On April 6, 1994 NASA's Hubble Space Telescope (HST) was performing a detailed study of the Sun's nearest stellar neighbor, Proxima Centauri, using the Fine Guidance Sensors to search for small deviations in the position of Proxima Centauri that could reveal the presence of an unseen planetary companion. Rather than sit idle while this study went on, the Wide Field and Planetary Camera 2 (WFPC2) was activated using the observing strategy set out in a program initiated by Dr. Ed Groth (Princeton University) designed to make use of this otherwise wasted time. The image captured by this WFPC2 parallel observation is a typical Milky Way star field in the constellation Centaurus. Such images can be used to study the evolution of stars that make up our galaxy.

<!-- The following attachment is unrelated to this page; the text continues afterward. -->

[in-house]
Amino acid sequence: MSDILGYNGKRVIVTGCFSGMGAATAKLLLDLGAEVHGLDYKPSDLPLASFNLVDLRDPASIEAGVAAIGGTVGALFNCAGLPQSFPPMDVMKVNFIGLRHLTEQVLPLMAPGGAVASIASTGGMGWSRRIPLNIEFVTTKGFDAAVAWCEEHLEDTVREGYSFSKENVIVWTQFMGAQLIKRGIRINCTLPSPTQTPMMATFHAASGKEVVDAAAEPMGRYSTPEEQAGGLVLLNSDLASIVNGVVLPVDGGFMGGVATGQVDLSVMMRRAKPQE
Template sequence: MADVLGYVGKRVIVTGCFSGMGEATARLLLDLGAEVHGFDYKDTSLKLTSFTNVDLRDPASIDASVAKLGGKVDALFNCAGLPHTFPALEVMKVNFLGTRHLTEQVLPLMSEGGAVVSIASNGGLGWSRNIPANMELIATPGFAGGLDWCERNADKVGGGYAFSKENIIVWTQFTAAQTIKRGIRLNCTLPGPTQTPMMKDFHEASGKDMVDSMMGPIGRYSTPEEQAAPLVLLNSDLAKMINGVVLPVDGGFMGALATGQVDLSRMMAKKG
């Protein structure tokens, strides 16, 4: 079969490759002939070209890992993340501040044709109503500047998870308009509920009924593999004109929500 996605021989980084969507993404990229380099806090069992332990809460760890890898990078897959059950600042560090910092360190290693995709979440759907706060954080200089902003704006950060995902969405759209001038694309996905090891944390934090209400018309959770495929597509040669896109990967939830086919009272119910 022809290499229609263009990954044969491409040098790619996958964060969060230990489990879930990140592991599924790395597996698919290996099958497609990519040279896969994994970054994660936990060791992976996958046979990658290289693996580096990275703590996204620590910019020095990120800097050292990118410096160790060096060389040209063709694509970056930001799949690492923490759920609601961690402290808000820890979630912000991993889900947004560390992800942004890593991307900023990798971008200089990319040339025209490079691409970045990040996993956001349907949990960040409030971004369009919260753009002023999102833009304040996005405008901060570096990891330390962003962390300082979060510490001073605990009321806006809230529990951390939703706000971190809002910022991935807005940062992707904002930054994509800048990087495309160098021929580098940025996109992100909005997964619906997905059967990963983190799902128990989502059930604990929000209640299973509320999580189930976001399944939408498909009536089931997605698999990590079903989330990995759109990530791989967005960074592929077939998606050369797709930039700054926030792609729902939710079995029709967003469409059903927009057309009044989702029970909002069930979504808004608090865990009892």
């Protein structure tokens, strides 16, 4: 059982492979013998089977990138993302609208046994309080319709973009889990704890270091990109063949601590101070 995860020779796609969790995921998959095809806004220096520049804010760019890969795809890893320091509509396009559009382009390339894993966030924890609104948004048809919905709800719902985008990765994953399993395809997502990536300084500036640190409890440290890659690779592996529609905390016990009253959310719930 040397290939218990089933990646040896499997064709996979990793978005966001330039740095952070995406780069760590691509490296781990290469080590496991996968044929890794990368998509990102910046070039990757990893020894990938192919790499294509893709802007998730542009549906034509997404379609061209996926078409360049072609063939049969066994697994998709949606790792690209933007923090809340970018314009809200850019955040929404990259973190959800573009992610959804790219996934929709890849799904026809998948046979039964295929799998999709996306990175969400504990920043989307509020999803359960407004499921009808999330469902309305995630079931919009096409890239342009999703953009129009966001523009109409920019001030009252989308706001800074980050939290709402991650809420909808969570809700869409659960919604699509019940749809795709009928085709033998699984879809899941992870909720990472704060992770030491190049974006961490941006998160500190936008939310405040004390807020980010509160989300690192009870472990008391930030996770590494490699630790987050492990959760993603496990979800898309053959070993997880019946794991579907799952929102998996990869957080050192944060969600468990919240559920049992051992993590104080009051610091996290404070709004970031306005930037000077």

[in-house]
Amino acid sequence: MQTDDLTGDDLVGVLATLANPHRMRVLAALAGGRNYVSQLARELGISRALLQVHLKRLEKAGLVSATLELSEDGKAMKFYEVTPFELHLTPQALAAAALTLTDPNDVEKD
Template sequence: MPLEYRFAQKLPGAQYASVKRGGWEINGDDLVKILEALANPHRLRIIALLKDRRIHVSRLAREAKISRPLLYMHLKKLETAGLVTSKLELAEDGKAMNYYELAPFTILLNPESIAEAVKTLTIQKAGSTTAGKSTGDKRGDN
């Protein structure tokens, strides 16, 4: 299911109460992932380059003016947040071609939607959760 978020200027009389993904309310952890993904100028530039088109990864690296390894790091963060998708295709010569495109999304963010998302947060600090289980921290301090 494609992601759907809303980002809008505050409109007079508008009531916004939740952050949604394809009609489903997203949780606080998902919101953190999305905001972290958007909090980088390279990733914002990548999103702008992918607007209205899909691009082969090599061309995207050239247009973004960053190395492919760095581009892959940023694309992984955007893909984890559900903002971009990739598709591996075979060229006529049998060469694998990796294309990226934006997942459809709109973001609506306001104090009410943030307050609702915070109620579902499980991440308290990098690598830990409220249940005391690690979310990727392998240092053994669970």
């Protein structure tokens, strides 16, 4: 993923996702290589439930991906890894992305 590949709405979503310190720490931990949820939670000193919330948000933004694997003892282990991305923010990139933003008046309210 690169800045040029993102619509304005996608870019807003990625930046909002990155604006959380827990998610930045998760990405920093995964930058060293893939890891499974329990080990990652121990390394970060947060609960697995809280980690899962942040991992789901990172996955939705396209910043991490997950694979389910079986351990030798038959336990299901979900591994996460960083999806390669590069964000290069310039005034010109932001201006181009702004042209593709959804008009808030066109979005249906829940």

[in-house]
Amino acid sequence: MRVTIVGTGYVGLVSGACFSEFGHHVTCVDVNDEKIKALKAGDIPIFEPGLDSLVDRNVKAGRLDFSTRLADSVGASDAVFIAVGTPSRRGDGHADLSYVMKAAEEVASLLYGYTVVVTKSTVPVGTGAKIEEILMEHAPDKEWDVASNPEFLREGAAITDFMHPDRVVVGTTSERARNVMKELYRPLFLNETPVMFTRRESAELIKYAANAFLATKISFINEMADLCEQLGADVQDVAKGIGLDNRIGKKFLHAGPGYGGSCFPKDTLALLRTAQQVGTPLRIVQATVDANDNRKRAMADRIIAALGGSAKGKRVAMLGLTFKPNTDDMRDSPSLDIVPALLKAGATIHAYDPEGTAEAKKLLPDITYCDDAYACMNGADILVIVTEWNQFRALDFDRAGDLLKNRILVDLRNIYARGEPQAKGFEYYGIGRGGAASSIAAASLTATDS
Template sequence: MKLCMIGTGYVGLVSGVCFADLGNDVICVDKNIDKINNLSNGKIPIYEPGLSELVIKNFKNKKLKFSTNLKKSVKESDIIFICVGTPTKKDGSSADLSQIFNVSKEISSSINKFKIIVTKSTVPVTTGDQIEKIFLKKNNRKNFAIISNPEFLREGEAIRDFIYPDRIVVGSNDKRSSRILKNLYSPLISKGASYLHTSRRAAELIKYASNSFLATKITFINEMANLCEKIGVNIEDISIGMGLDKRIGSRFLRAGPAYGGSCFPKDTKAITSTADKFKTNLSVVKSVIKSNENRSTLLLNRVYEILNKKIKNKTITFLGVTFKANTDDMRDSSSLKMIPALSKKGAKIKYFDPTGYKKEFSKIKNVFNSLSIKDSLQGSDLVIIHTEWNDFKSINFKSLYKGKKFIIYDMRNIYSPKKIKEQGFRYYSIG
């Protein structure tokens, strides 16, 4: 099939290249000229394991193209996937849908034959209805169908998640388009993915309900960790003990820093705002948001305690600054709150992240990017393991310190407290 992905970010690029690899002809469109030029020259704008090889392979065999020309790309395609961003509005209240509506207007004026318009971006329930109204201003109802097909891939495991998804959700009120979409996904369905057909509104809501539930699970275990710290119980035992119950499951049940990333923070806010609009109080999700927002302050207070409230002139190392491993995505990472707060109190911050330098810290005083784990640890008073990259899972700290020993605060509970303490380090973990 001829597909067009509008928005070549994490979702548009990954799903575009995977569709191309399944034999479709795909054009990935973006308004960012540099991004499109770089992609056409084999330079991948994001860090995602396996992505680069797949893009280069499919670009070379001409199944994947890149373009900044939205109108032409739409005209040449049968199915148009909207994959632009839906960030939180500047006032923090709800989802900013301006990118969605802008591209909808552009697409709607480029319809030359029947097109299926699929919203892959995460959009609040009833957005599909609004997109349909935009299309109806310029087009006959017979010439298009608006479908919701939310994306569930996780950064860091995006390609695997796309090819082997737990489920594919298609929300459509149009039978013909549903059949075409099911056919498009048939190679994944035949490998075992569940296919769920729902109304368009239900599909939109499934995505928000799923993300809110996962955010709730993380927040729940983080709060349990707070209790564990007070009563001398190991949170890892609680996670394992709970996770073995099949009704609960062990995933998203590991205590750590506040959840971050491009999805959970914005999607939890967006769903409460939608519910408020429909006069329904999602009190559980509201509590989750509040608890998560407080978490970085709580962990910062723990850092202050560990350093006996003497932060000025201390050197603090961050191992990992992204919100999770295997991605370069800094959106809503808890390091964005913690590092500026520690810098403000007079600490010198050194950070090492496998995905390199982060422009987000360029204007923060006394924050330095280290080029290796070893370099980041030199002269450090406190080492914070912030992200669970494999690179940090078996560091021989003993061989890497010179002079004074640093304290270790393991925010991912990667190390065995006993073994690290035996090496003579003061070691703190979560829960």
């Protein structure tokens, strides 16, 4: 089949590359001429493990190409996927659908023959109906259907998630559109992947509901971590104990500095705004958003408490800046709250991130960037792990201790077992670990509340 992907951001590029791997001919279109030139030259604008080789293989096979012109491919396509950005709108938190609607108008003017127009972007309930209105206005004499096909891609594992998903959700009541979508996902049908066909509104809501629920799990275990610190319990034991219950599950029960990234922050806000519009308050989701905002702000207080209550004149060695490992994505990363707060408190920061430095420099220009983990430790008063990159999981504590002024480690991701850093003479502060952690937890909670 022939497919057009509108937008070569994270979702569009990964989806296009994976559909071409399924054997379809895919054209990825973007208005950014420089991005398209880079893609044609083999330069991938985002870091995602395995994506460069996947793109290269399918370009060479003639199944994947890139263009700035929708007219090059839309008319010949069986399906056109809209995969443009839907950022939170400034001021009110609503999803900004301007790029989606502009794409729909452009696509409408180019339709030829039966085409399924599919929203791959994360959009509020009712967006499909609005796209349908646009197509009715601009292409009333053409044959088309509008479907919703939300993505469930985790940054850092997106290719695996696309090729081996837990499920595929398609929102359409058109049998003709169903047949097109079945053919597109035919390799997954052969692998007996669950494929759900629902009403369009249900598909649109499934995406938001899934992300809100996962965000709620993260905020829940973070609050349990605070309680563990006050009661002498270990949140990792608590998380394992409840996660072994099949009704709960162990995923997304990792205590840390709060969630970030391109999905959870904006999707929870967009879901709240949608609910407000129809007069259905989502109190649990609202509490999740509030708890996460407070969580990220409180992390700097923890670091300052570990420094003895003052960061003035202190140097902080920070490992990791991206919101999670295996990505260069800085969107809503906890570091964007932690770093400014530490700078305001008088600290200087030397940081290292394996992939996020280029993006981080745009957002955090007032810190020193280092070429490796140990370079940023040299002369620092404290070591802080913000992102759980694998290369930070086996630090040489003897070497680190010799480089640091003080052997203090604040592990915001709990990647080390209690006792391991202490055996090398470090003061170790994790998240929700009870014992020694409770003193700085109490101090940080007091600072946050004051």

Most of the stars in this image lie near the center of our galaxy some 25,000 light-years distant. But one object, the blue curved streak, is something much closer. An uncatalogued, mile-wide bit of rocky debris orbiting the Sun only light-minutes away strayed into WFPC2's field while the image was being exposed. This and about a hundred other interlopers have been found by Jet Propulsion Laboratory astronomers Dr. Robin Evans, Dr. Karl Stapelfeldt, and collaborators, who have systematically searched the HST archive for these nearby objects. Their analysis indicates this asteroid's orbit could cross Mars' path. Seen briefly by HST, these asteroids are too small and faint to track from the ground long enough for precise orbits to be determined. They are destined to return to their unseen wanderings for hundreds or thousands of years until once again, by chance, they may flicker across the view of some watchful eye peering off into the depths of space.